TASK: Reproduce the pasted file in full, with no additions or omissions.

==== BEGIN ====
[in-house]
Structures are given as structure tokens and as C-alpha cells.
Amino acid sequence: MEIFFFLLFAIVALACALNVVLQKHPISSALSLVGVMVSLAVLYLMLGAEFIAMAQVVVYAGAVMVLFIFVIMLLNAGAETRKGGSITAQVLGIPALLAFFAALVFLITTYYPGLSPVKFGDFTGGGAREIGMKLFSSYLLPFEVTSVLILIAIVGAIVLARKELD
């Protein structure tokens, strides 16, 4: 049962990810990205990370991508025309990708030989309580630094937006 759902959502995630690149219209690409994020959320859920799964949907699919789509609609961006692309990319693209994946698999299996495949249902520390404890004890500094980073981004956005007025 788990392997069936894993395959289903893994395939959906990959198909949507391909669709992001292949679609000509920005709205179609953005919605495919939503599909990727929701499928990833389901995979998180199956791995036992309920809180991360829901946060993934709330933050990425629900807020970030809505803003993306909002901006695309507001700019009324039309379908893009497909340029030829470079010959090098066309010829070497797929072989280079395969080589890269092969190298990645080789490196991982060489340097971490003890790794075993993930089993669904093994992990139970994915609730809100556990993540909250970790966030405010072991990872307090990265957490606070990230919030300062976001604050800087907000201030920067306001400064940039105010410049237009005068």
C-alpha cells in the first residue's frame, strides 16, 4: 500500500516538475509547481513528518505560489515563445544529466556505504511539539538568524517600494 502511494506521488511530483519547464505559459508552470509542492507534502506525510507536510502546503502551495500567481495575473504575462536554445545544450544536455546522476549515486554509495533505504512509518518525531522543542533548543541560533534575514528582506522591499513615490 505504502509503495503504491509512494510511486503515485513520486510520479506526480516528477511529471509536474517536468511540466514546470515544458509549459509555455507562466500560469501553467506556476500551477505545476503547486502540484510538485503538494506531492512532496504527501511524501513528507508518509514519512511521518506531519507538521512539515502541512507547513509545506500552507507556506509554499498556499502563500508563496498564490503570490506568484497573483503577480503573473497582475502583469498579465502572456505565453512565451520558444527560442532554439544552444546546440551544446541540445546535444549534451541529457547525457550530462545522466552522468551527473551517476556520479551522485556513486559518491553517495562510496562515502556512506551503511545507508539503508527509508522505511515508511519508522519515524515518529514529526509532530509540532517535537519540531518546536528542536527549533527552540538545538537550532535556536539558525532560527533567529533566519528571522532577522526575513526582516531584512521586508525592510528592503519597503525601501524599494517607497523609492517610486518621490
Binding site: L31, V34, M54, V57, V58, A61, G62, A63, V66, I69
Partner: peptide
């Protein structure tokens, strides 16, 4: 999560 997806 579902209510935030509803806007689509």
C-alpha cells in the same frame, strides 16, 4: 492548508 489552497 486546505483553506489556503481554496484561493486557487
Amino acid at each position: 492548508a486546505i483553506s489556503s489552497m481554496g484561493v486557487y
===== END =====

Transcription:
[in-house]
Structures are given as structure tokens and as C-alpha cells.
Amino acid sequence: MEIFFFLLFAIVALACALNVVLQKHPISSALSLVGVMVSLAVLYLMLGAEFIAMAQVVVYAGAVMVLFIFVIMLLNAGAETRKGGSITAQVLGIPALLAFFAALVFLITTYYPGLSPVKFGDFTGGGAREIGMKLFSSYLLPFEVTSVLILIAIVGAIVLARKELD
């Protein structure tokens, strides 16, 4: 049962990810990205990370991508025309990708030989309580630094937006 759902959502995630690149219209690409994020959320859920799964949907699919789509609609961006692309990319693209994946698999299996495949249902520390404890004890500094980073981004956005007025 788990392997069936894993395959289903893994395939959906990959198909949507391909669709992001292949679609000509920005709205179609953005919605495919939503599909990727929701499928990833389901995979998180199956791995036992309920809180991360829901946060993934709330933050990425629900807020970030809505803003993306909002901006695309507001700019009324039309379908893009497909340029030829470079010959090098066309010829070497797929072989280079395969080589890269092969190298990645080789490196991982060489340097971490003890790794075993993930089993669904093994992990139970994915609730809100556990993540909250970790966030405010072991990872307090990265957490606070990230919030300062976001604050800087907000201030920067306001400064940039105010410049237009005068």
C-alpha cells in the first residue's frame, strides 16, 4: 500500500516538475509547481513528518505560489515563445544529466556505504511539539538568524517600494 502511494506521488511530483519547464505559459508552470509542492507534502506525510507536510502546503502551495500567481495575473504575462536554445545544450544536455546522476549515486554509495533505504512509518518525531522543542533548543541560533534575514528582506522591499513615490 505504502509503495503504491509512494510511486503515485513520486510520479506526480516528477511529471509536474517536468511540466514546470515544458509549459509555455507562466500560469501553467506556476500551477505545476503547486502540484510538485503538494506531492512532496504527501511524501513528507508518509514519512511521518506531519507538521512539515502541512507547513509545506500552507507556506509554499498556499502563500508563496498564490503570490506568484497573483503577480503573473497582475502583469498579465502572456505565453512565451520558444527560442532554439544552444546546440551544446541540445546535444549534451541529457547525457550530462545522466552522468551527473551517476556520479551522485556513486559518491553517495562510496562515502556512506551503511545507508539503508527509508522505511515508511519508522519515524515518529514529526509532530509540532517535537519540531518546536528542536527549533527552540538545538537550532535556536539558525532560527533567529533566519528571522532577522526575513526582516531584512521586508525592510528592503519597503525601501524599494517607497523609492517610486518621490
Binding site: L31, V34, M54, V57, V58, A61, G62, A63, V66, I69
Partner: peptide
């Protein structure tokens, strides 16, 4: 999560 997806 579902209510935030509803806007689509």
C-alpha cells in the same frame, strides 16, 4: 492548508 489552497 486546505483553506489556503481554496484561493486557487
Amino acid at each position: 492548508a486546505i483553506s489556503s489552497m481554496g484561493v486557487y